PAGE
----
By Steve Weinstein
By Devon Maloney
By Tessa Stuart
By Alison Flowers
By Albert Samaha
By Jesse Jarnow
By Eric Tsetsi
By Raillan Brooks
"It's interesting to hear white, middle-class protesters talk about how unbelievable it is to them that they were not treated humanely. People of color daily deal with police brutality, and they resist it routinelythat's what the Diallo protests were about," she says.
Indeed, the city's protester population has recently burgeoned with additions from across the political spectrum. The numbers promise a rowdier convention than the several Democratic gatherings the city has hosted in the past.
"Back then, we were pretty laid-back," says Miami police chief John Timoney, who commanded NYPD operations during the 1992 Democratic convention. He notes that nothing like the September 11 attacks haunted police then, and the issues and the candidate were less controversial. There was no preemptive war on Iraq, no suspicions of political lies about weapons of mass destruction, and there was no great anxiety over losing civil liberties to a White House-led war on terrorism.
The traditional convention-protest area, Eighth Avenue between 31st and 33rd streets, holds a maximum of about 5,000 bodies, says Timoney. Bush policies have propelled hundreds of thousands into city streets this year.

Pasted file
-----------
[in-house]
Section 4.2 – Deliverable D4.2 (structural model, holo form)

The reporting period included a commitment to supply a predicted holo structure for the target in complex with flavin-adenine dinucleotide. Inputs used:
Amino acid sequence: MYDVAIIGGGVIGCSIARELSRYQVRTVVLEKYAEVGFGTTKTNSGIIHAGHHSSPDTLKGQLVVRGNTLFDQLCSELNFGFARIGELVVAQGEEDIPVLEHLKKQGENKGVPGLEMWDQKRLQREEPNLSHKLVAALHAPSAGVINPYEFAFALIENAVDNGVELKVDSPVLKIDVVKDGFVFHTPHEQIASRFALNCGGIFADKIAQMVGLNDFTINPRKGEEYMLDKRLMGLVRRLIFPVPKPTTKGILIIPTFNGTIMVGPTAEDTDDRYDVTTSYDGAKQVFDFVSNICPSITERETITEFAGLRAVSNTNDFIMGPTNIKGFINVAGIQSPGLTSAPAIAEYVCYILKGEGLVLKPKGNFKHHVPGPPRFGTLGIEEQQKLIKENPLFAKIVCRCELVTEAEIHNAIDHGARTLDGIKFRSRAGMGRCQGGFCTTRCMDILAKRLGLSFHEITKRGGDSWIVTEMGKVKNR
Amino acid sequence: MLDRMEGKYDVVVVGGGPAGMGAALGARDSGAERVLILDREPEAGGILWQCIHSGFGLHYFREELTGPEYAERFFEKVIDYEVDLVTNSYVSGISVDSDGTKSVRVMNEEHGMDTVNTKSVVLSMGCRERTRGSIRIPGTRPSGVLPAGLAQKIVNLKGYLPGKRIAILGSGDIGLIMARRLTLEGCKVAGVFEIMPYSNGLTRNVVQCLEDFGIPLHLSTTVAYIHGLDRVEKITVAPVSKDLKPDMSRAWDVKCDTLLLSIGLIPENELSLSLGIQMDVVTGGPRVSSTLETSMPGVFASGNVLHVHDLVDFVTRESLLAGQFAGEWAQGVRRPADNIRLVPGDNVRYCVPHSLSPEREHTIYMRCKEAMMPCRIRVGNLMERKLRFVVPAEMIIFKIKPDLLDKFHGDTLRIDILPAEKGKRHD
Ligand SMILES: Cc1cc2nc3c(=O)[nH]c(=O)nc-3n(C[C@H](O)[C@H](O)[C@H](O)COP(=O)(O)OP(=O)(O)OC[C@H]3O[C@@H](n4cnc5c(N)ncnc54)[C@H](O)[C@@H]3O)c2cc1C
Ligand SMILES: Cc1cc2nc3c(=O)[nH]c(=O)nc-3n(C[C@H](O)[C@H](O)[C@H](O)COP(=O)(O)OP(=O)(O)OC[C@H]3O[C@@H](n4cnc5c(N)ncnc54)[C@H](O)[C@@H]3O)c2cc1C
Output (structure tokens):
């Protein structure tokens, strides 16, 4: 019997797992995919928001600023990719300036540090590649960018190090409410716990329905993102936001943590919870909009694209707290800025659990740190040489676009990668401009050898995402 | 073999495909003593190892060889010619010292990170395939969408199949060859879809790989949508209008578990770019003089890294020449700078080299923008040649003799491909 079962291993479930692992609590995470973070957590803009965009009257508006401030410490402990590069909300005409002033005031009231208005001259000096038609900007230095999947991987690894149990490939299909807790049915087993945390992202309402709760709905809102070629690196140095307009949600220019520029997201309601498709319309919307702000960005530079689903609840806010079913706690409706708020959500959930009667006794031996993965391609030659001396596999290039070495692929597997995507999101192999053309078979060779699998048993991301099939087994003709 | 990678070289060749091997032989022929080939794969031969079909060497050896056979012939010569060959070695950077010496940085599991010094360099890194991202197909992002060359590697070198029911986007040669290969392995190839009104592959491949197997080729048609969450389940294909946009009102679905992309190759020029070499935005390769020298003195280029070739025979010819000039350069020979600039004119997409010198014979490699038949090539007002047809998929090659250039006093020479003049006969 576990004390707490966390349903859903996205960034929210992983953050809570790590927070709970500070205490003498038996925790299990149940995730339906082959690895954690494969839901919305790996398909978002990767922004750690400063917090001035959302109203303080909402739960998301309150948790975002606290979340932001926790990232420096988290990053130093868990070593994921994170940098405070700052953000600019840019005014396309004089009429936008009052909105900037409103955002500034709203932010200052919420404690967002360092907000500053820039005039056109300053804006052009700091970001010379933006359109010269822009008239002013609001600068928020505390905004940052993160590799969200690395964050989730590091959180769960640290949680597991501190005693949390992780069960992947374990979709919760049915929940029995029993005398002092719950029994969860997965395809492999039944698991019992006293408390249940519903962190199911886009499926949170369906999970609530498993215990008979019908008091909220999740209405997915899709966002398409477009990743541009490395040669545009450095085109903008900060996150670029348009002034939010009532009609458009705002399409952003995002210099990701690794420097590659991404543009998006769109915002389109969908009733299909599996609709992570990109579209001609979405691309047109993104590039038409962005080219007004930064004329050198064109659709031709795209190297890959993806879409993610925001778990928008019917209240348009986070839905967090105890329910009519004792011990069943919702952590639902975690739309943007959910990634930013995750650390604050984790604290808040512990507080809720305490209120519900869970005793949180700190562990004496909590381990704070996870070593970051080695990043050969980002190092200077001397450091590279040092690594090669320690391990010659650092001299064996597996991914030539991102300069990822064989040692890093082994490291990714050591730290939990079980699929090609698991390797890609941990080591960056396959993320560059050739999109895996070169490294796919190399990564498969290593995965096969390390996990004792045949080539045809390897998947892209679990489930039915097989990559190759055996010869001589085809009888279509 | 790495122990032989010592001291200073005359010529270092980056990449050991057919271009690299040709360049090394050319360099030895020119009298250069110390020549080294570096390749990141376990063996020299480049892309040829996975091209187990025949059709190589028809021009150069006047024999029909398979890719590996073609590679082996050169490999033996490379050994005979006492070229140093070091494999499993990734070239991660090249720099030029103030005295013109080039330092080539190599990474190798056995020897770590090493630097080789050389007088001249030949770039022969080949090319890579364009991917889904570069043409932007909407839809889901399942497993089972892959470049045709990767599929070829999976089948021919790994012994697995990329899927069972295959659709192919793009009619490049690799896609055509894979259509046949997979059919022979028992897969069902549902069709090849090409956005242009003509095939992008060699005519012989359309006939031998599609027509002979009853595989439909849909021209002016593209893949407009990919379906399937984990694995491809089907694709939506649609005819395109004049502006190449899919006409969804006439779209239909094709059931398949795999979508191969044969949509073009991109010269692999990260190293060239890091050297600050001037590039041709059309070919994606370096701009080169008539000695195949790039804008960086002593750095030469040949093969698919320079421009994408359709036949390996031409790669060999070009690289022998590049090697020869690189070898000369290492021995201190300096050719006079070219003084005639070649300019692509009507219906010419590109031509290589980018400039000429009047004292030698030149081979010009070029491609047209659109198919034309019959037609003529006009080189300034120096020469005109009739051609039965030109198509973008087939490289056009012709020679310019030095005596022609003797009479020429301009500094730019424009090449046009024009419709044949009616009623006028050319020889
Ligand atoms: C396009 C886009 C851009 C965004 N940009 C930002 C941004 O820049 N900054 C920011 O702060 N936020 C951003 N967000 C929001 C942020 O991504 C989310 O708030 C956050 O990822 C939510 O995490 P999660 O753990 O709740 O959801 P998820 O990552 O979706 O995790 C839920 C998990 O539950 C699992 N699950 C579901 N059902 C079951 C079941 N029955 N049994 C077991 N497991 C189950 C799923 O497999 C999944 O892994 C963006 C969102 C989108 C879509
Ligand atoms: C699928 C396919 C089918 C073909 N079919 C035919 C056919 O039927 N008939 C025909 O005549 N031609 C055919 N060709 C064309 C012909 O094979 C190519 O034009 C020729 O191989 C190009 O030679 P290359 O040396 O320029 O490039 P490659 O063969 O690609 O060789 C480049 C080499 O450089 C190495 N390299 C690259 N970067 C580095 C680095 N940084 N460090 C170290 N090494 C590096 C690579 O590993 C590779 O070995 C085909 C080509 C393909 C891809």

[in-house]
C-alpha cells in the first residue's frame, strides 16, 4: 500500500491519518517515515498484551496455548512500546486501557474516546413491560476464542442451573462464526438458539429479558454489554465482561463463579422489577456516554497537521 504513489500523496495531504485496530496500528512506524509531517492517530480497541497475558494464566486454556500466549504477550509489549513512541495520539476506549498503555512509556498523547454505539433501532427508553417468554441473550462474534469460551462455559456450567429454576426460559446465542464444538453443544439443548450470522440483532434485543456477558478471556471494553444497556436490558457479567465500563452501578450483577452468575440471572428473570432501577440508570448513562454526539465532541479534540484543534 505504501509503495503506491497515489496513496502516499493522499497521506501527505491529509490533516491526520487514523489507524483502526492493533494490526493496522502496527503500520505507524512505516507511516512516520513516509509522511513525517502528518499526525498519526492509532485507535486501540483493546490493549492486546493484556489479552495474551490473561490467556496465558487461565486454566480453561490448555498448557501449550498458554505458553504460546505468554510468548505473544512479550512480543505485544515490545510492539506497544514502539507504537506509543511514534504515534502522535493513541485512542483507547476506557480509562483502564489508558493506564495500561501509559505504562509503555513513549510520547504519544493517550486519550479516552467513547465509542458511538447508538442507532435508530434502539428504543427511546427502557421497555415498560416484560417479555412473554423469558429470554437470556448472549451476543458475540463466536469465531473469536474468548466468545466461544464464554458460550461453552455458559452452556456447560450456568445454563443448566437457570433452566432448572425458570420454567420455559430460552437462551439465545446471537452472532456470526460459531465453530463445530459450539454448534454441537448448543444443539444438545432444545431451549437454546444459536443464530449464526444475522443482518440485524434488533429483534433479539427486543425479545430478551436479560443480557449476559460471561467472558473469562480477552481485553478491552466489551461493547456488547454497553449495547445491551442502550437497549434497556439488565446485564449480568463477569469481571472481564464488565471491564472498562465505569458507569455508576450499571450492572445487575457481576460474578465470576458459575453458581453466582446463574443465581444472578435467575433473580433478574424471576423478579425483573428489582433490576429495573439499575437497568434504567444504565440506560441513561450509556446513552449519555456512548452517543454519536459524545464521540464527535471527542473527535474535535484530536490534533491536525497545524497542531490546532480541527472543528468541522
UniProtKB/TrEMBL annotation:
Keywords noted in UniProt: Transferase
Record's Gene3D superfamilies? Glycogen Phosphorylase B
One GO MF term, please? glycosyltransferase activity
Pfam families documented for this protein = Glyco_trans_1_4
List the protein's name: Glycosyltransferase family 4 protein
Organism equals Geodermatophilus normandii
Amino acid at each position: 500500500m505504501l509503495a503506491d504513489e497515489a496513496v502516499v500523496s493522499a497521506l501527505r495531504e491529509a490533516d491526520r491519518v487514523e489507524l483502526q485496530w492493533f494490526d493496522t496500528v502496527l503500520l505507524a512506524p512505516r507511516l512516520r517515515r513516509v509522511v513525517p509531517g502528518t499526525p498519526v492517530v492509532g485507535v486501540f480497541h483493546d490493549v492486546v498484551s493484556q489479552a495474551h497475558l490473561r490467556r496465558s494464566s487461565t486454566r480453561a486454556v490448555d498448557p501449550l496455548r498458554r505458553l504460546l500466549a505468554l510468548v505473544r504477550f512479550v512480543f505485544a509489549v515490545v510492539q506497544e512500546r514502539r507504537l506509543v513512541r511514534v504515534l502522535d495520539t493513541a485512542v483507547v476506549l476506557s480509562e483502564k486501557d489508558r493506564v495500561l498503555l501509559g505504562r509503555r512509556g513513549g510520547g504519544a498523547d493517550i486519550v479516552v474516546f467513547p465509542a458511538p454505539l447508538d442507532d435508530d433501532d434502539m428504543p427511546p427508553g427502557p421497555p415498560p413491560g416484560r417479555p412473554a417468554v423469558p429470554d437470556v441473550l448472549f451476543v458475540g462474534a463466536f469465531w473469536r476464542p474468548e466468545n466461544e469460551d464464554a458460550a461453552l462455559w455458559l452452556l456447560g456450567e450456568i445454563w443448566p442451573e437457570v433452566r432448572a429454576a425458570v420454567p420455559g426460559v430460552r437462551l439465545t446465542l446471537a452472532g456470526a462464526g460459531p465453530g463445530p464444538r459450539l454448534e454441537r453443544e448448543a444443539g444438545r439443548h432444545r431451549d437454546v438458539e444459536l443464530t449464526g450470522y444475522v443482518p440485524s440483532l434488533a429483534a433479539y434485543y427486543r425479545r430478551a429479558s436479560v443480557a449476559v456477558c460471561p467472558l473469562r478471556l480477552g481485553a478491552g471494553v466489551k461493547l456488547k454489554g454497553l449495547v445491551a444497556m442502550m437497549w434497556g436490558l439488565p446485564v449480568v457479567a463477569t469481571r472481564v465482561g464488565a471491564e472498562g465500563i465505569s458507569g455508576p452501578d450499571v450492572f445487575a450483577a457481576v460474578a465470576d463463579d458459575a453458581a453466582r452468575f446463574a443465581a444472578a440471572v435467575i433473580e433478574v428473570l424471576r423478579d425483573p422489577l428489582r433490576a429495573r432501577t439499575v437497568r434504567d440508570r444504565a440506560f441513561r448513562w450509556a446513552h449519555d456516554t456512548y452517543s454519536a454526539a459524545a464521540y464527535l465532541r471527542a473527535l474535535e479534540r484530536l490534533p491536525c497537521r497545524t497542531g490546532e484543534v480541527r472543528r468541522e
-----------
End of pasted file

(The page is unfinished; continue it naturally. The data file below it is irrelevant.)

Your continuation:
"People are going to be as angry or angrier about the Bush administration as they are now. The fact that there is some possibility of getting rid of this guy will draw a lot of people," predicts Leslie Cagan, lead organizer of United for Peace and Justice. Accused by police of not planning its February 15 anti-war demonstration far enough in advance, UFPJ has already submitted two permit requests for a march and a rally during convention week.
The NYCLU asked the police a month ago to begin negotiations for convention protest, says executive director Lieberman, and a meeting is expected as early as July. She says the NYPD's response to current criticism of its protest tactics is a key indicator. "The refusal to acknowledge mistakes will be the single biggest cause for pessimism as we move ahead."
The mass arrests and political questioning have already had a chilling effect, according to some activists. Liem says immigrants, especially, find themselves weighing their desire to demonstrate against the risk of detention and even deportation, to themselves and, by association, family and friends. No one, says ACT UP/NY's Milano, should have to "be afraid just to come out to a street protest."